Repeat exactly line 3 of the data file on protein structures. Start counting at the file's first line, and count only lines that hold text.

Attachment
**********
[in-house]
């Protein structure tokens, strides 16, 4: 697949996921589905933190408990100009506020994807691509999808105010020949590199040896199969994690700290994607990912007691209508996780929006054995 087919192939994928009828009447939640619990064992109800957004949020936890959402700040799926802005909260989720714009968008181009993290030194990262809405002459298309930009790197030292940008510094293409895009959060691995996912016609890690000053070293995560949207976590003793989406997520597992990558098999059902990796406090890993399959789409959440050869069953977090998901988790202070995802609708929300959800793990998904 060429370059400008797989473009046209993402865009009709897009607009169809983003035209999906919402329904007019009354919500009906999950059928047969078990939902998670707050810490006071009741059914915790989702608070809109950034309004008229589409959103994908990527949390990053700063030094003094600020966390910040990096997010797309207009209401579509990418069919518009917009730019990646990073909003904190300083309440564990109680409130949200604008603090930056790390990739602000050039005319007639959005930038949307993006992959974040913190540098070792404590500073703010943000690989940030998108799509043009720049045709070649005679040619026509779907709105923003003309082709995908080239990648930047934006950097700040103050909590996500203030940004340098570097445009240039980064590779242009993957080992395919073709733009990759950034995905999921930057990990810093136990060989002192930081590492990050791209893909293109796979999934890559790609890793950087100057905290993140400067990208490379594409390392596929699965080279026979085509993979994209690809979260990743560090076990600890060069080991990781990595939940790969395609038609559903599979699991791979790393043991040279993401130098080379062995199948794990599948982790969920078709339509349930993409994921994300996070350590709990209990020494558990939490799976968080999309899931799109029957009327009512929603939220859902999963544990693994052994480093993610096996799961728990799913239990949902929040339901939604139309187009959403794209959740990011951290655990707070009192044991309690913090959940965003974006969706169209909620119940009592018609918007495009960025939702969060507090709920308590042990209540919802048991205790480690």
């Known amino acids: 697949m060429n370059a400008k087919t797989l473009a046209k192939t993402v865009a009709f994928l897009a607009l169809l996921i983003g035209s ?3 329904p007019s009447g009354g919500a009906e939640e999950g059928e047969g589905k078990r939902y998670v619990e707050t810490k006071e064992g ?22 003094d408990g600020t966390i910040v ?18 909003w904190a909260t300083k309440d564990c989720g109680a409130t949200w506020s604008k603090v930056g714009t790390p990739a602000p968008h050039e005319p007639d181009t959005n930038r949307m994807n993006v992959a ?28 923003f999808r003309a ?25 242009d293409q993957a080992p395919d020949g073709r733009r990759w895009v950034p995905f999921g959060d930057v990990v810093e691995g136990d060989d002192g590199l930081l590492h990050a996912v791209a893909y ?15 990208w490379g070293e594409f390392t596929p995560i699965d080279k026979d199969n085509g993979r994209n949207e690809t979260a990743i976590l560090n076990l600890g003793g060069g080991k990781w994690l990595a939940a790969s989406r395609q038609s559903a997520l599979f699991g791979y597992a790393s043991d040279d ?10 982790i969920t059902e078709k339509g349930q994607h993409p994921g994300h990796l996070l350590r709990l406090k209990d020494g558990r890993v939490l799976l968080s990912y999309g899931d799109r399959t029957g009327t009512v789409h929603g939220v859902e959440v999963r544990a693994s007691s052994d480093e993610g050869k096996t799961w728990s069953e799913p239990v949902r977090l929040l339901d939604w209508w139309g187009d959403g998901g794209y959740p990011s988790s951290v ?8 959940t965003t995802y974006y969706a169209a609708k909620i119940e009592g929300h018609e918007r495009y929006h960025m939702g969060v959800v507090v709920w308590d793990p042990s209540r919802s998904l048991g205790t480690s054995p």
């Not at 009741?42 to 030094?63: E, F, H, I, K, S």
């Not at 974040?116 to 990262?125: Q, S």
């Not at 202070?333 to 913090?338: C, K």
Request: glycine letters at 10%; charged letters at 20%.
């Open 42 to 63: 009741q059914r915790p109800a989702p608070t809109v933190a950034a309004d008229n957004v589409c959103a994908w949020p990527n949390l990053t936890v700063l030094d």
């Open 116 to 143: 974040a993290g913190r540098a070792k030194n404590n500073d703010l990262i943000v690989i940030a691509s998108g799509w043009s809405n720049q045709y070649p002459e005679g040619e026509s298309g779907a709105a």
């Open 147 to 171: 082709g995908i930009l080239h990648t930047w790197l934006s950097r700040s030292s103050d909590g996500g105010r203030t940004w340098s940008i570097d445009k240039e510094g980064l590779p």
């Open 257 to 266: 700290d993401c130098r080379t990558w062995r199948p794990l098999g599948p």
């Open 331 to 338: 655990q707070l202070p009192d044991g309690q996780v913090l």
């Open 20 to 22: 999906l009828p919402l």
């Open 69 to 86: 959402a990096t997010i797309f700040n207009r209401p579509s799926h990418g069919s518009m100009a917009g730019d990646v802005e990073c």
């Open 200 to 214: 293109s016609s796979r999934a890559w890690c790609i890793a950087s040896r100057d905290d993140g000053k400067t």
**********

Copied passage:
């Known amino acids: 697949m060429n370059a400008k087919t797989l473009a046209k192939t993402v865009a009709f994928l897009a607009l169809l996921i983003g035209s ?3 329904p007019s009447g009354g919500a009906e939640e999950g059928e047969g589905k078990r939902y998670v619990e707050t810490k006071e064992g ?22 003094d408990g600020t966390i910040v ?18 909003w904190a909260t300083k309440d564990c989720g109680a409130t949200w506020s604008k603090v930056g714009t790390p990739a602000p968008h050039e005319p007639d181009t959005n930038r949307m994807n993006v992959a ?28 923003f999808r003309a ?25 242009d293409q993957a080992p395919d020949g073709r733009r990759w895009v950034p995905f999921g959060d930057v990990v810093e691995g136990d060989d002192g590199l930081l590492h990050a996912v791209a893909y ?15 990208w490379g070293e594409f390392t596929p995560i699965d080279k026979d199969n085509g993979r994209n949207e690809t979260a990743i976590l560090n076990l600890g003793g060069g080991k990781w994690l990595a939940a790969s989406r395609q038609s559903a997520l599979f699991g791979y597992a790393s043991d040279d ?10 982790i969920t059902e078709k339509g349930q994607h993409p994921g994300h990796l996070l350590r709990l406090k209990d020494g558990r890993v939490l799976l968080s990912y999309g899931d799109r399959t029957g009327t009512v789409h929603g939220v859902e959440v999963r544990a693994s007691s052994d480093e993610g050869k096996t799961w728990s069953e799913p239990v949902r977090l929040l339901d939604w209508w139309g187009d959403g998901g794209y959740p990011s988790s951290v ?8 959940t965003t995802y974006y969706a169209a609708k909620i119940e009592g929300h018609e918007r495009y929006h960025m939702g969060v959800v507090v709920w308590d793990p042990s209540r919802s998904l048991g205790t480690s054995p």